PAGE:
More than 99% of pancreatic cysts detected by doctors do not progress into pancreatic tumors. But distinguishing between low- and high-risk cysts is very difficult. A research team led by Johns Hopkins Co-director Bert Vogelstein has now harnessed machine learning to create a test for this purpose that coordinately assesses selected clinical features, imaging, and genetic and biochemical markers in cyst fluid to produce an answer. CompCyst was trained on data from 436 patients to identify people who needed surgery, those who should be monitored and those who needed no further surveillance. It was then evaluated in an international, multicenter study of another 426 patients. The researchers compared CompCyst’s predictions against the gold standard diagnostic: post-surgical histopathological evaluation of the cysts. CompCyst correctly predicted 60% of patients who should have been sent home, as opposed to the 19% detected using standard preoperative criteria. If CompCyst had been used to decide care for these patients, 60% to 74% of them might have avoided unnecessary surgery. CompCyst detected 49% of people who should simply have been monitored, compared to 34% using current methods, and 91% who needed surgery, compared to 89% using existing methods. The findings were published in July in Science Translational Medicine.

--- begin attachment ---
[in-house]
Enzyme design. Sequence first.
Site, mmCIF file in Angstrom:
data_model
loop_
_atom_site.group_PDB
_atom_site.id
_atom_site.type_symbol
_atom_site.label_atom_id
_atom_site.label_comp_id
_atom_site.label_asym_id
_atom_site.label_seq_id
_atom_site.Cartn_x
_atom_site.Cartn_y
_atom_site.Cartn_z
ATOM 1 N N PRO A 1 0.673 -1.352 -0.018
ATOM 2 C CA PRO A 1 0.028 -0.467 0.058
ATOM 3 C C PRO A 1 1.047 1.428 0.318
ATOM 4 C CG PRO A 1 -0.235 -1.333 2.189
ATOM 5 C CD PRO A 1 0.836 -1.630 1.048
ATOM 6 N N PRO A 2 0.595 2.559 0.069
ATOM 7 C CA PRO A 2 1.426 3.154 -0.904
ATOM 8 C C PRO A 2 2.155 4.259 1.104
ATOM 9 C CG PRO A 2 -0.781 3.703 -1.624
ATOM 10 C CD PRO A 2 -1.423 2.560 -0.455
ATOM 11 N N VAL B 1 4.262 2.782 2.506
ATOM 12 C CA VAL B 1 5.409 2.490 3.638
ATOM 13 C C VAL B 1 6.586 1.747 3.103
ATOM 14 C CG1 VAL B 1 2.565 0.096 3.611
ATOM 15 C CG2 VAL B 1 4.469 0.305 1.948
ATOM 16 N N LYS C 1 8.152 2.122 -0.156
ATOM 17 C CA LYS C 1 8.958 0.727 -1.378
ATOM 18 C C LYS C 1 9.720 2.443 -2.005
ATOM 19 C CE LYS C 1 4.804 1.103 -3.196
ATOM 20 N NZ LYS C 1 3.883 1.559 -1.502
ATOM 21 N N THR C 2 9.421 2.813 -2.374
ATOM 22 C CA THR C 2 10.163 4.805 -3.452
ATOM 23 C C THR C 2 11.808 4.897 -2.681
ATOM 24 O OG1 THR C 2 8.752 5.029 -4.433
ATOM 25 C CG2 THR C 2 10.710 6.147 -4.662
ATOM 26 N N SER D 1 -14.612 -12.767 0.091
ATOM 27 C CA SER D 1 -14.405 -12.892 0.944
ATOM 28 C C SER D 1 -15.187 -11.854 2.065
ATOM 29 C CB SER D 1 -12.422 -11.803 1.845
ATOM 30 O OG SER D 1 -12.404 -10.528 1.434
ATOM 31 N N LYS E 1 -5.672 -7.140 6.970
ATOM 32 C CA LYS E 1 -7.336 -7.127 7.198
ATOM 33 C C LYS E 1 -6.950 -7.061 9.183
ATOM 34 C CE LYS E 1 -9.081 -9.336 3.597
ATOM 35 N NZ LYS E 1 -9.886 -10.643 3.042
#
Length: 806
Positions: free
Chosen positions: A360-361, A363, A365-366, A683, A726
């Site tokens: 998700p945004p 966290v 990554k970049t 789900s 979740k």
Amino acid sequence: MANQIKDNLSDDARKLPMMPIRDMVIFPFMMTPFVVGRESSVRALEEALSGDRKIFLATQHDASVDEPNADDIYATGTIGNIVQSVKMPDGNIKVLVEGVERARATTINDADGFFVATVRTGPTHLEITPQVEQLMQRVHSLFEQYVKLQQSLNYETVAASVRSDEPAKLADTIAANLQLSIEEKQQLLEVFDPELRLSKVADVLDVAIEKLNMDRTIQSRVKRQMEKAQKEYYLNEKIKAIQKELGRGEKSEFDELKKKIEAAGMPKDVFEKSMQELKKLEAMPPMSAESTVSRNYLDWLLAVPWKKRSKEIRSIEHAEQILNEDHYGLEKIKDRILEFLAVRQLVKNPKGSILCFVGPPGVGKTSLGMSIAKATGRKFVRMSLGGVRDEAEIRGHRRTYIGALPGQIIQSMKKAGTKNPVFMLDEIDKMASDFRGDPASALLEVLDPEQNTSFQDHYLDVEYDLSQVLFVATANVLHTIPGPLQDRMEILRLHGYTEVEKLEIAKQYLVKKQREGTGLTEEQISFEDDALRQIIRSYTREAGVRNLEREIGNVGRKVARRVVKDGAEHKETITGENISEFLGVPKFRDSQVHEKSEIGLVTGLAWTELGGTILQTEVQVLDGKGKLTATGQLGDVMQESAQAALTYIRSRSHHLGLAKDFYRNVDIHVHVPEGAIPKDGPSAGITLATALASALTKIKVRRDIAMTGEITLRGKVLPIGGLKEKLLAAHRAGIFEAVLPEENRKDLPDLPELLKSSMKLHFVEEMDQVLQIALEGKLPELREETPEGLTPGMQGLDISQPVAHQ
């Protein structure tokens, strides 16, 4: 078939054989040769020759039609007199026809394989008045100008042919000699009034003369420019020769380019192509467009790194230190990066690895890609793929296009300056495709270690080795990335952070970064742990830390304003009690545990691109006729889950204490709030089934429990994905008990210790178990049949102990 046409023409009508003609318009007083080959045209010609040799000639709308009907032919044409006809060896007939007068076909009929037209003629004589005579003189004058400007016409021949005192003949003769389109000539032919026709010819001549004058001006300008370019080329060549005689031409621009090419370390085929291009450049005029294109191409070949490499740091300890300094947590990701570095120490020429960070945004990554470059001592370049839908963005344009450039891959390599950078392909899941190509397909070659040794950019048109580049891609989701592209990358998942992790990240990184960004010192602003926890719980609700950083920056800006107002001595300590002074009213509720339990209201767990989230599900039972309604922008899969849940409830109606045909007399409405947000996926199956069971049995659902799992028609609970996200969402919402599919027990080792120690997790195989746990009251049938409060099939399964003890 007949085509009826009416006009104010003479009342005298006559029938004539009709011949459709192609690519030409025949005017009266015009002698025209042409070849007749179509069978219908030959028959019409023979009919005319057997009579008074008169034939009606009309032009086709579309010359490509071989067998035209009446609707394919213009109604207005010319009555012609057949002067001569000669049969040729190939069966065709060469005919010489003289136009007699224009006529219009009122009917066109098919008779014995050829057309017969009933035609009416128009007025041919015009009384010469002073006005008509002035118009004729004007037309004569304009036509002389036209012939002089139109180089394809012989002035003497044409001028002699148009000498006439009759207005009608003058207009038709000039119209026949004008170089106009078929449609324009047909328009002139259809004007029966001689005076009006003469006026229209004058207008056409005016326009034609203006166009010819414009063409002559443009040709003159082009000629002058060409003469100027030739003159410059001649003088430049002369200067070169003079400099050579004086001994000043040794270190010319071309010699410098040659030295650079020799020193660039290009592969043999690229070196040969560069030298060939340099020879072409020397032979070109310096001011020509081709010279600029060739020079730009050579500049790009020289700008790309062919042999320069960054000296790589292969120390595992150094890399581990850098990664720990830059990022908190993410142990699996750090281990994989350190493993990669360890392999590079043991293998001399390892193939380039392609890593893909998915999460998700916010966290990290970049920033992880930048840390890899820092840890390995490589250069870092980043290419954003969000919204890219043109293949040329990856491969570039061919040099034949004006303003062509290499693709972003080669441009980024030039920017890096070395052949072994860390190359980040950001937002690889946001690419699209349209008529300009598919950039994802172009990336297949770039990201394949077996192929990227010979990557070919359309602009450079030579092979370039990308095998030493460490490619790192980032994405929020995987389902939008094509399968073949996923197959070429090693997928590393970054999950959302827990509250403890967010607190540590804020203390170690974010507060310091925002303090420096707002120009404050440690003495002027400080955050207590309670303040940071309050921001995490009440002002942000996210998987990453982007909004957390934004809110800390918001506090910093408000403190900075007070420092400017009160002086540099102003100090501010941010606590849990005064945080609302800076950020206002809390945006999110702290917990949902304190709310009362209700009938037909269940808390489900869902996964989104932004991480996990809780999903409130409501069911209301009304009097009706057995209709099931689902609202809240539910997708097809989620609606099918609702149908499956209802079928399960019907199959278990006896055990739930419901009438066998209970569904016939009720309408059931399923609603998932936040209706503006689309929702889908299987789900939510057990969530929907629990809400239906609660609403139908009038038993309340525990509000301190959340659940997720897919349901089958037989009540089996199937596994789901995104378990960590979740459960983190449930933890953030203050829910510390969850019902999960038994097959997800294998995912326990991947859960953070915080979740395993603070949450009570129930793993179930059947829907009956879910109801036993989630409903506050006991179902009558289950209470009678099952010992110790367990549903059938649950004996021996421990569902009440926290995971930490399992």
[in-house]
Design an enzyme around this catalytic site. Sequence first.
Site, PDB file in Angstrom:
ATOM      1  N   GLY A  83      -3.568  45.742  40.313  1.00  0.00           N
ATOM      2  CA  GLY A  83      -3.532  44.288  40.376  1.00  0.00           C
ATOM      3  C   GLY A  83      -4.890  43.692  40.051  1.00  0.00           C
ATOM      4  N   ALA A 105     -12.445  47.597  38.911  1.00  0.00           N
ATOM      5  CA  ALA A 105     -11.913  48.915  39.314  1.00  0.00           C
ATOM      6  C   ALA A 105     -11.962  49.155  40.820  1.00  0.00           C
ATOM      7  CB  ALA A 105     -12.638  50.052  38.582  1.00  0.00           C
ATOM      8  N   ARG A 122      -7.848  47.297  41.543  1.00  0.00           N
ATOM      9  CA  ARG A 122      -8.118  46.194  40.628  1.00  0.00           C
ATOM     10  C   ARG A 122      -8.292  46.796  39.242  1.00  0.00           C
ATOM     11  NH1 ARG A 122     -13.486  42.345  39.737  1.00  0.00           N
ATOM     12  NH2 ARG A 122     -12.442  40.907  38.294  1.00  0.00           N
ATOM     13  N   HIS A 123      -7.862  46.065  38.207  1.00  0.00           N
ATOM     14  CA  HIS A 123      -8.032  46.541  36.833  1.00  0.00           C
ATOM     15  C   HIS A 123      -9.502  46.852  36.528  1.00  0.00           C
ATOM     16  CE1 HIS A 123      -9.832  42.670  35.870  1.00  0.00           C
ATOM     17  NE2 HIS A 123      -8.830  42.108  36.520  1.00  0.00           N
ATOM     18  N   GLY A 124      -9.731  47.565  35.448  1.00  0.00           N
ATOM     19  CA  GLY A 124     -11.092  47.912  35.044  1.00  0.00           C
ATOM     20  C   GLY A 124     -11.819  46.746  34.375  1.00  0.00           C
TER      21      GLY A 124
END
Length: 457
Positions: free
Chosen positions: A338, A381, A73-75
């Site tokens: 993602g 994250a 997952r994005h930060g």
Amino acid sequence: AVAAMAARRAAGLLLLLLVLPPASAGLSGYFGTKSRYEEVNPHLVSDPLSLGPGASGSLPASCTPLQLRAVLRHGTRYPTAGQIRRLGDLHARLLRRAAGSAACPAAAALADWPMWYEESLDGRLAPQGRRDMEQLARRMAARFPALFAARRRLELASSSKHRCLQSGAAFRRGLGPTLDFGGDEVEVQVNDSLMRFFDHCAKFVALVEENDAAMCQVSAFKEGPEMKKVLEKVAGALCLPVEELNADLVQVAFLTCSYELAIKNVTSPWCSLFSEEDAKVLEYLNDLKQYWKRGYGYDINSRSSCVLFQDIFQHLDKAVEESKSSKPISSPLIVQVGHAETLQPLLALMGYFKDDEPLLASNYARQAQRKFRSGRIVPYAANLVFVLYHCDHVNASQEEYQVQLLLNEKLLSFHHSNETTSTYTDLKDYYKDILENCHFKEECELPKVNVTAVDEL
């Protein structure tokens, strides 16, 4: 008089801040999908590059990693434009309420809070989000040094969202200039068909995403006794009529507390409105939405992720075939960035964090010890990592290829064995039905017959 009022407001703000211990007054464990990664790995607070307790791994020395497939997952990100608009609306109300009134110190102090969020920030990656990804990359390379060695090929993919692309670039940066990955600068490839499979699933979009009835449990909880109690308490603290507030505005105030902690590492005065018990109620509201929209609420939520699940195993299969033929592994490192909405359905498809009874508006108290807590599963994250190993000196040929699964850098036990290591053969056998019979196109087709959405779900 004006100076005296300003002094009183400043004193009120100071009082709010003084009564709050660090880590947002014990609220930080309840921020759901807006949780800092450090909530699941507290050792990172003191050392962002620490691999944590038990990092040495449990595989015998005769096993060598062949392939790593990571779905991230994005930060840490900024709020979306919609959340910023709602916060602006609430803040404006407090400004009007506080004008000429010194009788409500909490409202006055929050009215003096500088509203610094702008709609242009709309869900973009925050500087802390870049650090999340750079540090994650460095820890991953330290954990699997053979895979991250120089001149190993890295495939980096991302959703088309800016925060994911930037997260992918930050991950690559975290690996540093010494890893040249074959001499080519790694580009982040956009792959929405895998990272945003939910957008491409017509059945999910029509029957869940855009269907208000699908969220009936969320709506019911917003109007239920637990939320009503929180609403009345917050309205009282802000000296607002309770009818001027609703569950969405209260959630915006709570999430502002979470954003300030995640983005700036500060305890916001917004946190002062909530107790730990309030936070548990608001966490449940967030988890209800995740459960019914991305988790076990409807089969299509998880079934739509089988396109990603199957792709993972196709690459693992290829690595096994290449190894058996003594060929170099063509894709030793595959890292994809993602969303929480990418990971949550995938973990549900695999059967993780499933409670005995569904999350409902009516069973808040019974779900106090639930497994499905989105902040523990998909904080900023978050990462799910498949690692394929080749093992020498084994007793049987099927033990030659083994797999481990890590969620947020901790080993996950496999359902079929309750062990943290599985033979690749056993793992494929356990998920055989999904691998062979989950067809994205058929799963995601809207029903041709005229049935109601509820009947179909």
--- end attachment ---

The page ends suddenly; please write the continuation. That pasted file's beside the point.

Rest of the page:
This article appeared in the November 2019 issue of Ludwig Link. Click here to download a PDF (1 MB).